Those who are shocked by the new report on poverty in Rochester and the surrounding region have not been paying attention. For years, Rochester has ranked among the nation's poorest cities by several key measures.
The findings of the study by the Rochester Area Community Foundation and ACT Rochester show this has not changed; indeed, in some respects the level of poverty here has worsened.
Consider these facts:
- Among the 75 largest metropolitan areas nationwide, Rochester is fifth-poorest.
- Among comparably sized cities in those 75 metro areas, it is second-poorest.
- And among cities in the top 100 metro areas, Rochester's concentration of extremely poor neighborhoods ranks third.
The new report is more than a useful reminder, though. It is the most detailed look yet at the scope and geography of poverty in the nine-county region.
Its pages also contain an analysis of factors that have contributed to the region's high levels of concentrated poverty. These include racial discrimination, unchecked sprawl and the decline of well-paying jobs.
This last factor, in our view, is particularly important. The study notes that "in recent years the manufacturing employment base (here) has collapsed," with the region losing 34 percent of its industrial jobs from 2000 to 2011.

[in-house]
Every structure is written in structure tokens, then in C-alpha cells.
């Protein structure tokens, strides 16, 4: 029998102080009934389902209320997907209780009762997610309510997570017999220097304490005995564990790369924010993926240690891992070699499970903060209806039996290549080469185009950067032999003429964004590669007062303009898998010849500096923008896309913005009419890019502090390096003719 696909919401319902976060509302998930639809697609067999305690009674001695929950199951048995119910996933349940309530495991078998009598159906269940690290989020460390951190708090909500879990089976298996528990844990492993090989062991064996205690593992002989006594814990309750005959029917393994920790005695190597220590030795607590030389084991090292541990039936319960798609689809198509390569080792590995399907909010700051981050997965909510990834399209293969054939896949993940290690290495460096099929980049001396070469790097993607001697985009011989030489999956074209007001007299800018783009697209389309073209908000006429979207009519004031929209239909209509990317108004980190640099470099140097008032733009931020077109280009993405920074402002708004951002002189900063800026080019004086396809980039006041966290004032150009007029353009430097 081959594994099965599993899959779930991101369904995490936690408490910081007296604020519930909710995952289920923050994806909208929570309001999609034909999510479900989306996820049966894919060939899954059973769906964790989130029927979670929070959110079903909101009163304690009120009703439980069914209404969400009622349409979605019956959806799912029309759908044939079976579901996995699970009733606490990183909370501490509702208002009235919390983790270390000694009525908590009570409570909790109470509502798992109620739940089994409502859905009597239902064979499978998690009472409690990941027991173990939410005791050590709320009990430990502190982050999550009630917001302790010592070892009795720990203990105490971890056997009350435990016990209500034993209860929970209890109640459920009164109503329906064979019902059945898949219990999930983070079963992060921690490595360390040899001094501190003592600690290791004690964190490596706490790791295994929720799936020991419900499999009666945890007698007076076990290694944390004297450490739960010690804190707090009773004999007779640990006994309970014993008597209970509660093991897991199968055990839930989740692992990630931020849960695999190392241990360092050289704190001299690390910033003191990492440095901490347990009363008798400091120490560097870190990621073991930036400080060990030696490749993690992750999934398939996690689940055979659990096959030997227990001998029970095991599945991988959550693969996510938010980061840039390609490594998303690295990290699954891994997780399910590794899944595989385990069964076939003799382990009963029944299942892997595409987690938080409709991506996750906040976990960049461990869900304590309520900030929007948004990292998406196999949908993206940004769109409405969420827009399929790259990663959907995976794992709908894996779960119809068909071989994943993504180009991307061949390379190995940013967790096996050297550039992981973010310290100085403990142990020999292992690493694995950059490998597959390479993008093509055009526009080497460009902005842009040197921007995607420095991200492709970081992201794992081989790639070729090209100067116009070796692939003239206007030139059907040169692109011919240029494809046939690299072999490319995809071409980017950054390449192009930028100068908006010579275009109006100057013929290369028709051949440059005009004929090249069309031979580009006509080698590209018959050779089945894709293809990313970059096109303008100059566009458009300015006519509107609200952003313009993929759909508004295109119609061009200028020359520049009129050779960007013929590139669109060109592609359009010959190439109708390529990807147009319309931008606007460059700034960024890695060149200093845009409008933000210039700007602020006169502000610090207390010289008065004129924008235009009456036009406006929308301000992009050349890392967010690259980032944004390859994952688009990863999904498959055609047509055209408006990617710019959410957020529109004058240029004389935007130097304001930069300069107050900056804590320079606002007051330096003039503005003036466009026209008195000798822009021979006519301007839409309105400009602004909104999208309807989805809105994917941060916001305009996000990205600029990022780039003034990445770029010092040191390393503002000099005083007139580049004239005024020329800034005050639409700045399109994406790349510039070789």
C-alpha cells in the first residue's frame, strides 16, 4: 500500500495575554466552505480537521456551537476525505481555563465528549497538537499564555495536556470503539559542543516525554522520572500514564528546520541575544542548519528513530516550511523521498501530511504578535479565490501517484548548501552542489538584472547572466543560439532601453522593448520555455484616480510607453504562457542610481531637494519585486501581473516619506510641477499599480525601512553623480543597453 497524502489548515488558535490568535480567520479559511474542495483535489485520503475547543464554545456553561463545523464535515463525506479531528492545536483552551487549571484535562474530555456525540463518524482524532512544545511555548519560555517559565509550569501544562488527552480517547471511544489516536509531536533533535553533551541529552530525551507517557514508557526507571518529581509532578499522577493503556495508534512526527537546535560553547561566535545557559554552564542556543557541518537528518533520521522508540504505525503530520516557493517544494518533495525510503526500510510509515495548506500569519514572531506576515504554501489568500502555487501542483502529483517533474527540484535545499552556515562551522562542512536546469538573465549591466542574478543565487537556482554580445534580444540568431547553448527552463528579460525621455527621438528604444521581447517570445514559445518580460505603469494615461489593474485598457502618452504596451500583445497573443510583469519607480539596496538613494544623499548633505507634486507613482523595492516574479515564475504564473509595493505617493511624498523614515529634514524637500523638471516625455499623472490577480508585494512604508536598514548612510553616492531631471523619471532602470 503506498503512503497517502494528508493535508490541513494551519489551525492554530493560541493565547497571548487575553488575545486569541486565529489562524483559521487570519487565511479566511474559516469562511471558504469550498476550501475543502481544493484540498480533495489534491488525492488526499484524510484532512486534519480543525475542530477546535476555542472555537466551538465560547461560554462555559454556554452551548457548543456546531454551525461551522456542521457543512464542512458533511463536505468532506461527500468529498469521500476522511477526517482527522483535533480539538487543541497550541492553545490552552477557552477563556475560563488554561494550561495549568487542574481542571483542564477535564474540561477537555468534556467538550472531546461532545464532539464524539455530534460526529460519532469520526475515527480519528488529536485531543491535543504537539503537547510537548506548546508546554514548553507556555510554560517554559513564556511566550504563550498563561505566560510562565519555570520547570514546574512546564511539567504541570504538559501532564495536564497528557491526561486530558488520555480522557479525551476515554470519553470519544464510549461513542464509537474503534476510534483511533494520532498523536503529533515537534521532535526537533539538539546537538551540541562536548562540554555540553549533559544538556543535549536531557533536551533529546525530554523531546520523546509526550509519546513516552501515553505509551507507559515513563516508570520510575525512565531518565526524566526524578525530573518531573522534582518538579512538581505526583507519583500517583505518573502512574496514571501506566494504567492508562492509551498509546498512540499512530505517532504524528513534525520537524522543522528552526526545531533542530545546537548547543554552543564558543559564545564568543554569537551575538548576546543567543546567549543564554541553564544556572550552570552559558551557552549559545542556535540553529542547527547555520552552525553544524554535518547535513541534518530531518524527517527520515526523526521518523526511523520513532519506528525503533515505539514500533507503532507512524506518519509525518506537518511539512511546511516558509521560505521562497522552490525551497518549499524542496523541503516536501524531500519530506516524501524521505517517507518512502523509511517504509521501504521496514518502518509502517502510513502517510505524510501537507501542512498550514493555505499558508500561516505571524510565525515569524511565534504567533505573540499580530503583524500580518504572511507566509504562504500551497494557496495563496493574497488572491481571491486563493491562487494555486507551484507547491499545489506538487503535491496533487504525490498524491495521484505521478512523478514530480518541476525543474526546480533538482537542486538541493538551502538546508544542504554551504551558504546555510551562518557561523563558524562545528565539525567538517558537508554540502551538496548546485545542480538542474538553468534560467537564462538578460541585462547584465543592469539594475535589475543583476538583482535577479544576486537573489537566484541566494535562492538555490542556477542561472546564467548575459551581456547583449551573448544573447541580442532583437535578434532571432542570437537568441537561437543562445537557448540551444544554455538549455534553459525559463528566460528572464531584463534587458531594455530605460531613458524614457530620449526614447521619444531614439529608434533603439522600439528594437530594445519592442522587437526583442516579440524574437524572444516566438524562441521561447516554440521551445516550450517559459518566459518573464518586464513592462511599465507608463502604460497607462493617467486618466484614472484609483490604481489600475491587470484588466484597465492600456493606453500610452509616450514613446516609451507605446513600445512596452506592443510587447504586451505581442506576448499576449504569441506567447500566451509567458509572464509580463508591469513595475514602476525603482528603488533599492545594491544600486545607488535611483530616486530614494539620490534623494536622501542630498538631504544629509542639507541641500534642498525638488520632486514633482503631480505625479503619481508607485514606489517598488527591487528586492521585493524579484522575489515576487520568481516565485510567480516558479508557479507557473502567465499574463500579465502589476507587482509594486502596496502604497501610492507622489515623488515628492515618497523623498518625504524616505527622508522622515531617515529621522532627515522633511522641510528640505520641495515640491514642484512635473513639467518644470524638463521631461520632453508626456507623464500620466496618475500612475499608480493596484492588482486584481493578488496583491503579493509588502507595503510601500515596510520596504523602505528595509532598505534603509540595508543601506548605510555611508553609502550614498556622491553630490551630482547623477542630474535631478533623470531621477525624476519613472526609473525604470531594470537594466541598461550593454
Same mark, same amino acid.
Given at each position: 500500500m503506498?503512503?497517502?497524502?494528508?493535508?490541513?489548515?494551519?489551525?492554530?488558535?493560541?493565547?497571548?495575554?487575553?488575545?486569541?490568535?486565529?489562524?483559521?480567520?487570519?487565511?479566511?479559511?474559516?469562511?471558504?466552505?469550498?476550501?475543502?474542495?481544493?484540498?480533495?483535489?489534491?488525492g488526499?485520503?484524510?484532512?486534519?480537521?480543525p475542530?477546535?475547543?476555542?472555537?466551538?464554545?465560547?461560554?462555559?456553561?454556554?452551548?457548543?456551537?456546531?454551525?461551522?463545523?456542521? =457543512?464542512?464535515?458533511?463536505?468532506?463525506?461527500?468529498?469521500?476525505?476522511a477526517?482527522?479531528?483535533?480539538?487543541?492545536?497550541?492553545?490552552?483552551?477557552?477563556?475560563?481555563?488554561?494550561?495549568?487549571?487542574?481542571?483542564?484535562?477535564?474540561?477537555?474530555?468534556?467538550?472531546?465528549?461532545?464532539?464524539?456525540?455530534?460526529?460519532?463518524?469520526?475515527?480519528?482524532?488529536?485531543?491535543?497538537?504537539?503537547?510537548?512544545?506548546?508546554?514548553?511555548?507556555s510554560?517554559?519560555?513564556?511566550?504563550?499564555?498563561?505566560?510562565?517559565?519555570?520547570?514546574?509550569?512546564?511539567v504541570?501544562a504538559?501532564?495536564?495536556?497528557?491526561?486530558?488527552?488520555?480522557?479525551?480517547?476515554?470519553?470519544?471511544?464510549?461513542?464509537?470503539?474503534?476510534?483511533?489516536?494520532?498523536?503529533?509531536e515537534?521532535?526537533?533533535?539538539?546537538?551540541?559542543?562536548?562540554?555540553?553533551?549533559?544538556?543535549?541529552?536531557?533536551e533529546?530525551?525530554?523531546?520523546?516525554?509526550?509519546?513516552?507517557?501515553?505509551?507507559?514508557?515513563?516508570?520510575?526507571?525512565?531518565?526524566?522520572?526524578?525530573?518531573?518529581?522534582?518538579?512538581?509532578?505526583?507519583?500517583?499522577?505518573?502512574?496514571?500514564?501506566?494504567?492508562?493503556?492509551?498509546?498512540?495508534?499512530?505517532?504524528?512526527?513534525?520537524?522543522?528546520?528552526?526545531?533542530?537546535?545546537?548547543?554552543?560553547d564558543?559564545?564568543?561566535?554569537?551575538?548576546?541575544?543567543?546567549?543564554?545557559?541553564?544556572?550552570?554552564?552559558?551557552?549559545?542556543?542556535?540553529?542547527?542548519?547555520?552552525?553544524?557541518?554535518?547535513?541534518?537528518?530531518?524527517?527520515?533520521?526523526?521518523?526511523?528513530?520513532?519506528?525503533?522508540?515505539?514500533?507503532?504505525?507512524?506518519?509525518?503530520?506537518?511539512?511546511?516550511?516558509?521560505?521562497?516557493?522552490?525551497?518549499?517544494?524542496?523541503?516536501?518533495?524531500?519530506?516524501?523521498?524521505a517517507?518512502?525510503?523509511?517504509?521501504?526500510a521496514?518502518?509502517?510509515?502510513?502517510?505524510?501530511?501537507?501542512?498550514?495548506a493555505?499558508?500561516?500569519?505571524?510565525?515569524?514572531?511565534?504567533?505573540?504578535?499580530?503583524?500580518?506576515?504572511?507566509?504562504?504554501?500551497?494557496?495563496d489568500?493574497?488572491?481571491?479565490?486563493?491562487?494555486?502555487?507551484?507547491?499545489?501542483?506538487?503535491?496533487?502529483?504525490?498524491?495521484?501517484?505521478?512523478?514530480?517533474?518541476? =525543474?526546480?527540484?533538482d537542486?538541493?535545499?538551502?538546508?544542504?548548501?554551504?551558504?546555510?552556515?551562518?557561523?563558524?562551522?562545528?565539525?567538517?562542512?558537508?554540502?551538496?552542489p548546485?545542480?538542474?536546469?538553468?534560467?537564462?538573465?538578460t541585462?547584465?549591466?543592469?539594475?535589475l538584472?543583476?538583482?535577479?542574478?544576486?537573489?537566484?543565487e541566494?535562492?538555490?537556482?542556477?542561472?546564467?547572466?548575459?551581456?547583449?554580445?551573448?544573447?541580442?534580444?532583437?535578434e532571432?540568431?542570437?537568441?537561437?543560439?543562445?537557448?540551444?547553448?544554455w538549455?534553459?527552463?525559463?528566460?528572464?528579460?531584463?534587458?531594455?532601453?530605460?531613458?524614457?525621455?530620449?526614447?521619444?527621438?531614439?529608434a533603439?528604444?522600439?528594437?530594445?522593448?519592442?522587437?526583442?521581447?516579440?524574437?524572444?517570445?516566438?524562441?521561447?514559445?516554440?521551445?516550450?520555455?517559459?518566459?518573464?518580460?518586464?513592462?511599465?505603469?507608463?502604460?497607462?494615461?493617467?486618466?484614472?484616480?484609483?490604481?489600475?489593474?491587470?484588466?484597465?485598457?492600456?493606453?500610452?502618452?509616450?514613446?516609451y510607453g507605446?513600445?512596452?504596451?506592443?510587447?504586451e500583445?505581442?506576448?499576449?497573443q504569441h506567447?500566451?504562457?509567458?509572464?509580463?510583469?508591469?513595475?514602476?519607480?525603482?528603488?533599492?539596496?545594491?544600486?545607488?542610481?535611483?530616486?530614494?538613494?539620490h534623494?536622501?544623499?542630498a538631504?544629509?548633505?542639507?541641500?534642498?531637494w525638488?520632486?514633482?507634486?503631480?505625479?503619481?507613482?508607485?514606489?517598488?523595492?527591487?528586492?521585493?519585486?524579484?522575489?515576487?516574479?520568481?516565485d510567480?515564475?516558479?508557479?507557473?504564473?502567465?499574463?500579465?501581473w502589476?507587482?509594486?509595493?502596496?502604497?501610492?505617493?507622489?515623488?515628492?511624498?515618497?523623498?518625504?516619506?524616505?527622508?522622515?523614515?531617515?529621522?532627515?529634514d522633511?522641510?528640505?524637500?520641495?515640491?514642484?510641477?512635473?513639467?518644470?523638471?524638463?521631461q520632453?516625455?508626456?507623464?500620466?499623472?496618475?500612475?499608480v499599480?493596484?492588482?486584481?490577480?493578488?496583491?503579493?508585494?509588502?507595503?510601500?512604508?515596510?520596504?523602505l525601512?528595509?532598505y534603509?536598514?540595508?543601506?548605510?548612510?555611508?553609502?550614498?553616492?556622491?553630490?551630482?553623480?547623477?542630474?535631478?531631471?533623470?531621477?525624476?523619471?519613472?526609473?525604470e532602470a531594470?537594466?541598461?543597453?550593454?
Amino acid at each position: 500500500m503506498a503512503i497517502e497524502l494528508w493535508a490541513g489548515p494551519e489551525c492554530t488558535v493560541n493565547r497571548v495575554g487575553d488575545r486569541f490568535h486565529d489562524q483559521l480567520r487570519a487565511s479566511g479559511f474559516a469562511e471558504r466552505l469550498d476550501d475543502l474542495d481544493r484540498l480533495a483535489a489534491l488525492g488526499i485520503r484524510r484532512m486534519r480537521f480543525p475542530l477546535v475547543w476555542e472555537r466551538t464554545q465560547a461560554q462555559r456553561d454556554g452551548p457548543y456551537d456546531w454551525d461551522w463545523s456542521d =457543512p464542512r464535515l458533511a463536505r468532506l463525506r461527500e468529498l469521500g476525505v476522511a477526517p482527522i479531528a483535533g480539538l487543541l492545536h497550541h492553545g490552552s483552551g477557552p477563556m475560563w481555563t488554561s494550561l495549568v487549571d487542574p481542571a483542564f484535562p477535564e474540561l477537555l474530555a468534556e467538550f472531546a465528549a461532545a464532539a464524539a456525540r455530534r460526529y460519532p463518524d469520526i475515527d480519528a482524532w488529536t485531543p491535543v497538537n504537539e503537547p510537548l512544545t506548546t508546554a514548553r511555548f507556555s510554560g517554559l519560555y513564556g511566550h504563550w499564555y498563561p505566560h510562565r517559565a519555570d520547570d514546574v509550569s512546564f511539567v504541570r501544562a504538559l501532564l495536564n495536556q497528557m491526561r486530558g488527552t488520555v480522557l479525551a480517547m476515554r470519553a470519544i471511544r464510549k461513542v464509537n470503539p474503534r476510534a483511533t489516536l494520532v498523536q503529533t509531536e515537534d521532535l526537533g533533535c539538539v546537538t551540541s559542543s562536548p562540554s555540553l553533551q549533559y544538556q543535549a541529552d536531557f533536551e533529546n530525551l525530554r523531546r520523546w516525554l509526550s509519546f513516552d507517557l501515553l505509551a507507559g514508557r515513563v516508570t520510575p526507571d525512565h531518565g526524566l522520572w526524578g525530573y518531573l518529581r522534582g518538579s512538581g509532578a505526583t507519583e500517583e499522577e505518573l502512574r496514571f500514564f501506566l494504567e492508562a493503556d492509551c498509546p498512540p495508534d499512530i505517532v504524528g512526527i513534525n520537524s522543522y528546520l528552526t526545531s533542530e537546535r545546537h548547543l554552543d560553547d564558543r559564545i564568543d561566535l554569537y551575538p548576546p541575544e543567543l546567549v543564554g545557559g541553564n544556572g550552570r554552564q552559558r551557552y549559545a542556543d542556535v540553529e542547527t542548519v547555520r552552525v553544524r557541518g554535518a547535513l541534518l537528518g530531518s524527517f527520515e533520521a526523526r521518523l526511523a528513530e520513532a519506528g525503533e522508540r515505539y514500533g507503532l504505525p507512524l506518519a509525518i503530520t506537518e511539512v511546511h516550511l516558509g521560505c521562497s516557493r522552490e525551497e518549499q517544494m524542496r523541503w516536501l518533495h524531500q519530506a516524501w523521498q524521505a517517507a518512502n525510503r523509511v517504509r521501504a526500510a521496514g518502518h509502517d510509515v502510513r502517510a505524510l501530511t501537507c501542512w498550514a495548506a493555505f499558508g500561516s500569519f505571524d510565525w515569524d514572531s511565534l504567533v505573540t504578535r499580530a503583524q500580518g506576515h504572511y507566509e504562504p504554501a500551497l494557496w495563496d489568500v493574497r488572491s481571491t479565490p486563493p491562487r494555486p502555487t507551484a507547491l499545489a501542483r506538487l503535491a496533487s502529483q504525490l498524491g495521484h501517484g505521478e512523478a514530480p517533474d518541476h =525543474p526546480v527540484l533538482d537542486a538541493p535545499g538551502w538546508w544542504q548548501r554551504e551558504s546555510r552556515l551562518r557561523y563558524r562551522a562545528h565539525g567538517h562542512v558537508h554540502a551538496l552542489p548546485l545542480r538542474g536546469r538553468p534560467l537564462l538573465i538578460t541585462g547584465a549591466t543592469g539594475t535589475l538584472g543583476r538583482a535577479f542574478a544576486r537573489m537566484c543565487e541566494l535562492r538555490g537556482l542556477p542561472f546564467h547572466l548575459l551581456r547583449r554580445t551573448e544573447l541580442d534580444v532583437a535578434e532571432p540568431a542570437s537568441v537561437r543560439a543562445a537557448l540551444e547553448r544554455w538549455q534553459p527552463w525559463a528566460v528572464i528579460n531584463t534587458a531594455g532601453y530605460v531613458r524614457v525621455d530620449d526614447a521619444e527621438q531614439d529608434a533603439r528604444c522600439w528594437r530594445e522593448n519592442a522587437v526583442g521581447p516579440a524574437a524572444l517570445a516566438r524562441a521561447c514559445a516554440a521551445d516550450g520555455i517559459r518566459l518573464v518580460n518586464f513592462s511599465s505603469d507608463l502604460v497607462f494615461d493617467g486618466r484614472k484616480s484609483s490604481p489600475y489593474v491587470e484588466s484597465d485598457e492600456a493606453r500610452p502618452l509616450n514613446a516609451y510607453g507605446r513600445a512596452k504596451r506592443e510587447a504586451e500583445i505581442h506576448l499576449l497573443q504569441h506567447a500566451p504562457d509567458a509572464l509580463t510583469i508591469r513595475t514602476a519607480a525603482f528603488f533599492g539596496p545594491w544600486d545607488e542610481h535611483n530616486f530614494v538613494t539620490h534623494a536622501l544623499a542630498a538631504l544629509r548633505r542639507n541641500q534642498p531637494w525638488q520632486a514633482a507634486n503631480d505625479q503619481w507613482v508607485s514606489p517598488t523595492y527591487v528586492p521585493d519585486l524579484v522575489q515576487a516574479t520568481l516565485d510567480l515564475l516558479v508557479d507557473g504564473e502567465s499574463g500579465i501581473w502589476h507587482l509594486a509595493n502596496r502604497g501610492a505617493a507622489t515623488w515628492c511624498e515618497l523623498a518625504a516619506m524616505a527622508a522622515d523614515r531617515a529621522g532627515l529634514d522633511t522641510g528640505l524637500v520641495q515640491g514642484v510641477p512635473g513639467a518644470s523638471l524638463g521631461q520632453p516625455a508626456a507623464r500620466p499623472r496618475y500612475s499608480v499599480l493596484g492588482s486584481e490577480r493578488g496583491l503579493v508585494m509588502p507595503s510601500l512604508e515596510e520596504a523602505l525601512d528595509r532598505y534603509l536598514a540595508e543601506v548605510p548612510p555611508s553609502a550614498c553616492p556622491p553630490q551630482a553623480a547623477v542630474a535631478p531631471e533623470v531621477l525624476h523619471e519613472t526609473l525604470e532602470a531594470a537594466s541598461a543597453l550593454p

"In the long run, to be successful as a community, we need to grow our employment base," Rochester Mayor Thomas Richards told this newspaper in an interview that appears elsewhere in this week's edition. "That's not a Rochester issue. That's a regional issue."
The RACF-ACT study is intended as a call for community discussion to motivate action.
None of this will be easy. While many anti-poverty strategies have been tried, the list of failures is a long one.
The ones that seem to hold the most promise are those that aim at the target highlighted by the mayor: jobs. And they do so by working with market forces, rather than trying to defy them.
The public sector can play an important role, but in fighting poverty, nothing is more powerful than a paycheck.
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